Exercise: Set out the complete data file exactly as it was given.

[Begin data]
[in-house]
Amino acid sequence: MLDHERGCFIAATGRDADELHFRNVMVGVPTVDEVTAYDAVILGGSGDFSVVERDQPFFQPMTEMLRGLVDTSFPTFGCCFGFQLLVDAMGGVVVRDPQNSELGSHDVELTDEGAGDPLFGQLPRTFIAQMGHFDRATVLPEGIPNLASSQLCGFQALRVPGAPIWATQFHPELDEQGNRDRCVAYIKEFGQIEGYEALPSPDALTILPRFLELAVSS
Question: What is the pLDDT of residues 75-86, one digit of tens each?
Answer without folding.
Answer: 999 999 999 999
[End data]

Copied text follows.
[in-house]
Amino acid sequence: MLDHERGCFIAATGRDADELHFRNVMVGVPTVDEVTAYDAVILGGSGDFSVVERDQPFFQPMTEMLRGLVDTSFPTFGCCFGFQLLVDAMGGVVVRDPQNSELGSHDVELTDEGAGDPLFGQLPRTFIAQMGHFDRATVLPEGIPNLASSQLCGFQALRVPGAPIWATQFHPELDEQGNRDRCVAYIKEFGQIEGYEALPSPDALTILPRFLELAVSS
Question: What is the pLDDT of residues 75-86, one digit of tens each?
Answer without folding.
Answer: 999 999 999 999